Every investor should be aware of the miracle of compounding. It’s especially important for anyone seeking long-term growth.

Everything you invest in should provide the option to reinvest dividends. Most stocks, but not all ETFs, give you that chance. Here’s how it works and why it’s so beneficial.

Say you buy a stock or ETF or mutual fund that pays a three percent dividend — more if it’s a fund that distributes capital gains or returns of capital. But let’s use 4 percent. You buy 100 shares at $10. During the year it pays 40 cents a share — $40 — in dividends. To simplify, let’s assume the stock stays at $10. If the dividends were reinvested, at the end of one year you’d have 104 shares. The second year’s dividend is now paid on 104 shares, so you’d receive $41.60, which if reinvested, brings your investment to 108.16 shares. In the third year you’d receive $43.26; raising your total shares to about 112.49.

Extend the math out 20 or 30 years and you’ll be astounded at the difference it can make.

Of course, the increase in your number of shares will vary, depending on the price fluctuations of the stock. It’s actually to your benefit if the stock price is lower during these years, as that enables your reinvested dividends to buy more shares. Being happy about your stock price declining along the way requires a long-term view, but it’s more profitable than if it does nothing but go up from the day you buy it.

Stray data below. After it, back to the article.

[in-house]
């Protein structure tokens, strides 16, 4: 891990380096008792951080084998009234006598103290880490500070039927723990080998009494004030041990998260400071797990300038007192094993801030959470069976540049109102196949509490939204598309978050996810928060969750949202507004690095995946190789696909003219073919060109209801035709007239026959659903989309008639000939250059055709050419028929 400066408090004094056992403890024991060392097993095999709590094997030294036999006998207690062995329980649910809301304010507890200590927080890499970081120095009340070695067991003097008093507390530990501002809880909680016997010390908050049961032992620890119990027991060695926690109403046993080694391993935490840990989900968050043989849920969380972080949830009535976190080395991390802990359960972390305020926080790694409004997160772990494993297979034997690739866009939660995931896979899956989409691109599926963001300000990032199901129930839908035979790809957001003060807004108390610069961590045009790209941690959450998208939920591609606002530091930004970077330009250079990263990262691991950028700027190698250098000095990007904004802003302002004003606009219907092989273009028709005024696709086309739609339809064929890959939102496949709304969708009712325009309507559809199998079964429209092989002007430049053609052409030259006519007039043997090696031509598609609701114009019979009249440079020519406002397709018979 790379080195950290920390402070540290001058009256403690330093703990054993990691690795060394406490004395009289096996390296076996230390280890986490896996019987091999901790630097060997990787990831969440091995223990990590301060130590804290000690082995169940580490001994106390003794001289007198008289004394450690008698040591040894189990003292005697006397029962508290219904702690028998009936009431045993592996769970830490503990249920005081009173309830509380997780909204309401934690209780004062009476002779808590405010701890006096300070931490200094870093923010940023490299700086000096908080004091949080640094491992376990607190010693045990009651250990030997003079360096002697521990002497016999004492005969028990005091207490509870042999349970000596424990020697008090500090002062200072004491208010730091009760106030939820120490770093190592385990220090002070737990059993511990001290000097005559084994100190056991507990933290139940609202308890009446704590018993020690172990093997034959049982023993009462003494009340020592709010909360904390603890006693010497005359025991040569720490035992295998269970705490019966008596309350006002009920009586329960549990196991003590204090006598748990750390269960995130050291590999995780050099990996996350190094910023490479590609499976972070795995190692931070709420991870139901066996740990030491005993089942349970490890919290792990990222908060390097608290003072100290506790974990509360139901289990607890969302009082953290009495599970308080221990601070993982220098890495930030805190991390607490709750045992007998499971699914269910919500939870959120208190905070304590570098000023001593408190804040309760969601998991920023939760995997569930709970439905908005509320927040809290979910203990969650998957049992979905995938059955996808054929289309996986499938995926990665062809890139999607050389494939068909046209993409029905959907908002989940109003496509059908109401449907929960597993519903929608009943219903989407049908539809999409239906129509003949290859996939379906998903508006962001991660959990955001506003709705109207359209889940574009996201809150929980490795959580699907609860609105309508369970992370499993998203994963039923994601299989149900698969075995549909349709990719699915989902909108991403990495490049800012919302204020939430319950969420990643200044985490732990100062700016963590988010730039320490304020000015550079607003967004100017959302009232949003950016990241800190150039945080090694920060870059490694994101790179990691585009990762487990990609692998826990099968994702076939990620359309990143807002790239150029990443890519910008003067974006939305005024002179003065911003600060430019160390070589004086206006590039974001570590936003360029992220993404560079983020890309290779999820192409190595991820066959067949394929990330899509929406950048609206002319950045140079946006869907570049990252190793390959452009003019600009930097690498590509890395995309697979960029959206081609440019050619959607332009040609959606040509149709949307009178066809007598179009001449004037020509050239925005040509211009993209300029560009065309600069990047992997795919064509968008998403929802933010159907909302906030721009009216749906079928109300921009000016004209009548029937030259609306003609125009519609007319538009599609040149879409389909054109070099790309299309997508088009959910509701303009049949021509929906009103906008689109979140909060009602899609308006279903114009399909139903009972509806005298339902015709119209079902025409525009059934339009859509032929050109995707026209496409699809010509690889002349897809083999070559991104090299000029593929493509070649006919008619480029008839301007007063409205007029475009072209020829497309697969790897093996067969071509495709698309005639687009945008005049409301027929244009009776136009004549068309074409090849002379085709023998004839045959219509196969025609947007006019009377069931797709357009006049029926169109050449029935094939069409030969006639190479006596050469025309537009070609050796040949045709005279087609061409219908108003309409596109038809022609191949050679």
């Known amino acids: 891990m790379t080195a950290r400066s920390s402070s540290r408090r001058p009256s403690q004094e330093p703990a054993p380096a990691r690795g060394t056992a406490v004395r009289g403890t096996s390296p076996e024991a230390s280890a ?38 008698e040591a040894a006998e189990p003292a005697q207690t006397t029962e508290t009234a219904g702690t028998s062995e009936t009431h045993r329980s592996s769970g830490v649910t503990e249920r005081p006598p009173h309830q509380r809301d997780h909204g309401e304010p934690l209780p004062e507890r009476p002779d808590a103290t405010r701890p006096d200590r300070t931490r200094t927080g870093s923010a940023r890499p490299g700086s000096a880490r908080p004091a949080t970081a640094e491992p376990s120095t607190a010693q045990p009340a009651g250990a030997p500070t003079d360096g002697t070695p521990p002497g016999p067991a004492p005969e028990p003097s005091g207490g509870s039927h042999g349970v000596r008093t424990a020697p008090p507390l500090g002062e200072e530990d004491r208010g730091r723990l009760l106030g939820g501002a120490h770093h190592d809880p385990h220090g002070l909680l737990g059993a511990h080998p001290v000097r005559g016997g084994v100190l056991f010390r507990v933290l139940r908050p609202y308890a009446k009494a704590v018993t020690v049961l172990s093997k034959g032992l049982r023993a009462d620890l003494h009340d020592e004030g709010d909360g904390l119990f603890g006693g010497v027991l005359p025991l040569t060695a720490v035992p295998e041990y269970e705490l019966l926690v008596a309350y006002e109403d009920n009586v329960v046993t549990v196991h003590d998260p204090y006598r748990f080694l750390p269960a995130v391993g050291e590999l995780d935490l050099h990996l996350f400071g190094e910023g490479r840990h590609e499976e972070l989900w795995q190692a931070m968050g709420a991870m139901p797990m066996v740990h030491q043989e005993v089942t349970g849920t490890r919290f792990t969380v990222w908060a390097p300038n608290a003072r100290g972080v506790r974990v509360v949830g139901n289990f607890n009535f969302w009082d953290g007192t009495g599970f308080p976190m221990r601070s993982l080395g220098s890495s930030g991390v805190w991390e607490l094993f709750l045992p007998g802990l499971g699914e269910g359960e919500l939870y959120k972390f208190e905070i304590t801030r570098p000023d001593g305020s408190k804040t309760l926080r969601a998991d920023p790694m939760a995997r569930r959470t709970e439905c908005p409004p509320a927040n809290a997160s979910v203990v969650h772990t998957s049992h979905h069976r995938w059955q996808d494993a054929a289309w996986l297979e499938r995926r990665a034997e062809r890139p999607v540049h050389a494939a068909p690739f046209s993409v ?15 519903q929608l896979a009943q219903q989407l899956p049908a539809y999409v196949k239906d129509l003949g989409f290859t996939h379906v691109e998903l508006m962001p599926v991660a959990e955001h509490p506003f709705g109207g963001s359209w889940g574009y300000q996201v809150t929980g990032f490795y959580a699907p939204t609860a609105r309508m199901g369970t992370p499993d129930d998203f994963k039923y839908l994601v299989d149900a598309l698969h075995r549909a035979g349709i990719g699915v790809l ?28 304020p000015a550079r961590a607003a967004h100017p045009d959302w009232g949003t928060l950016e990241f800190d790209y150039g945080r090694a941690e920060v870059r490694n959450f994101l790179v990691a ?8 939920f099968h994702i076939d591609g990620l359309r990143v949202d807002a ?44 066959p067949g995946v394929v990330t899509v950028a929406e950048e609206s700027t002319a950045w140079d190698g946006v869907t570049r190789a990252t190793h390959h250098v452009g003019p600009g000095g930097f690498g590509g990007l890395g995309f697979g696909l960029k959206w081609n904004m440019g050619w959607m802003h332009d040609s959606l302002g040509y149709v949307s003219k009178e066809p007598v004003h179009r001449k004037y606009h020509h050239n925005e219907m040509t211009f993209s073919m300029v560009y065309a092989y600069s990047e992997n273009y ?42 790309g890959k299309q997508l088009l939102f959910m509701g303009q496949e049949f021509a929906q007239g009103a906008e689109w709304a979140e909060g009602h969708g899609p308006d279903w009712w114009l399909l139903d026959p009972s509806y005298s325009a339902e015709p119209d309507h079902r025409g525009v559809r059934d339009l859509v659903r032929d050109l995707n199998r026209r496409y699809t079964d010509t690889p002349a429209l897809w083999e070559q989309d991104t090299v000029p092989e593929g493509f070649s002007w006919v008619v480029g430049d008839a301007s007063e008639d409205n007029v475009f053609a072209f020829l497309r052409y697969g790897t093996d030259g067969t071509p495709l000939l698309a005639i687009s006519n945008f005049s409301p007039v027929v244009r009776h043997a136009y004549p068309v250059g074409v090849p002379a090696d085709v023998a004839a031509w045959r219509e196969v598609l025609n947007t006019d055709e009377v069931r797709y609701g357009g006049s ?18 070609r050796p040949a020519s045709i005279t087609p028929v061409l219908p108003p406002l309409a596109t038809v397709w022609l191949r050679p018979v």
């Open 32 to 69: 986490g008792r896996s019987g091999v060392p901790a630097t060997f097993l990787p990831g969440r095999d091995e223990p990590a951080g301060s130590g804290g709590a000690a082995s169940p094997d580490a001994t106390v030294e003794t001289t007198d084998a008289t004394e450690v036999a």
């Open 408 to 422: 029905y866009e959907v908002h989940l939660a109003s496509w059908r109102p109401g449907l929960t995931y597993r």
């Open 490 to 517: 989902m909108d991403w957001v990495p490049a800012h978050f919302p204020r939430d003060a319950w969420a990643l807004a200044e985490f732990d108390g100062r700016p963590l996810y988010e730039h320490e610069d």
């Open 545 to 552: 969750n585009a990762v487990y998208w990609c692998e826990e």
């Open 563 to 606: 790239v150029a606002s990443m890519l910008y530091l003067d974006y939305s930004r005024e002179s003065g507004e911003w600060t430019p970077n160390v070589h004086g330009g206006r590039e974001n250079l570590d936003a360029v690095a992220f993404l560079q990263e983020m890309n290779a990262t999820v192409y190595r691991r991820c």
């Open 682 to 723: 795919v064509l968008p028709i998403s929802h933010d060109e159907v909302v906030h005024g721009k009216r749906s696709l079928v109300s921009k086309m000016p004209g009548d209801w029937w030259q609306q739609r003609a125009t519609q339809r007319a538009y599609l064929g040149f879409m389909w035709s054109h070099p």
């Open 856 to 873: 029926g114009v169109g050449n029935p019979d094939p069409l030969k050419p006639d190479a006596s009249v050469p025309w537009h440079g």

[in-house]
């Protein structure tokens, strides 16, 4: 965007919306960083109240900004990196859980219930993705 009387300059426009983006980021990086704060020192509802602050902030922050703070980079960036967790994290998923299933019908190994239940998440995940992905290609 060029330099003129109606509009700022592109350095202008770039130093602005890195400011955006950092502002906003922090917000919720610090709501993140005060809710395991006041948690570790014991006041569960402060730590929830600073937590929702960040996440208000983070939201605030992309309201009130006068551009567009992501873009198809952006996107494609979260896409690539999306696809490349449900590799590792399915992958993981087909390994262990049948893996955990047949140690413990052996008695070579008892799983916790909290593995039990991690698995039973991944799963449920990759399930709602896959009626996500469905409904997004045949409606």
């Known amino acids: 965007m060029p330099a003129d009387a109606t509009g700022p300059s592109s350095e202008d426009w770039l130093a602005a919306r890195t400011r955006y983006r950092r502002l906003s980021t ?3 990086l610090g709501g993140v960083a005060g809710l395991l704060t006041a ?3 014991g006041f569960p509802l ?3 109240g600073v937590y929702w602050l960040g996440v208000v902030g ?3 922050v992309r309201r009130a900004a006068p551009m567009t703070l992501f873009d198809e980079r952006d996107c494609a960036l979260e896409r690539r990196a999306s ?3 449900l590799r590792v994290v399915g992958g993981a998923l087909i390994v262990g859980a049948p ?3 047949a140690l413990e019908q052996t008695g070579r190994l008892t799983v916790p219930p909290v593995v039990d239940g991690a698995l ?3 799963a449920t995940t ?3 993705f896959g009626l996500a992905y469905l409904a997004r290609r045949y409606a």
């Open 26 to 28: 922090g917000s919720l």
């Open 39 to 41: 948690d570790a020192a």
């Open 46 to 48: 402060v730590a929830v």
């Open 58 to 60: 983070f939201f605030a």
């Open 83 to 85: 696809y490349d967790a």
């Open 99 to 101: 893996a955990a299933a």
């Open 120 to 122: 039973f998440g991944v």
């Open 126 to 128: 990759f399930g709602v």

The important thing is to always choose the option of reinvesting dividends — which any brokerage firm will show on its website. And avoid those ETFs or funds that do not allow it.

Another way to let compounding work for you is to raise the amount you save and invest by whatever percentage you’re comfortable with and can afford. Successful young retirement planners put aside the first money they make each month or year rather than what’s left over at the end of the month or year. It’s called “paying yourself first.”

The same principle works for income investors who do not need the immediate cash payout. It’s a way to see your dividend income increase each year until the time when you need to receive the income. The change from one status to another is an easy checkmark on your broker’s website.

You cannot automatically reinvest interest payments on CDs or bonds. If you are nearing retirement and have say, a 60-40 or 50-50 balance of stocks and CDs (I wouldn’t suggest holding bonds, which are not as safe and yield less than FDIC-insured CDs), the only way to reinvest interest payments is to buy another CD with the interest you’ve received if it’s enough. You may have to wait until it adds up to at least $1,000 to do so.



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About the Author


Norman L. Macht

A retired stockbroker, Norman L. Macht is a personal financial consultant residing in Escondido. Contact him via email at normanmacht@yahoo.com.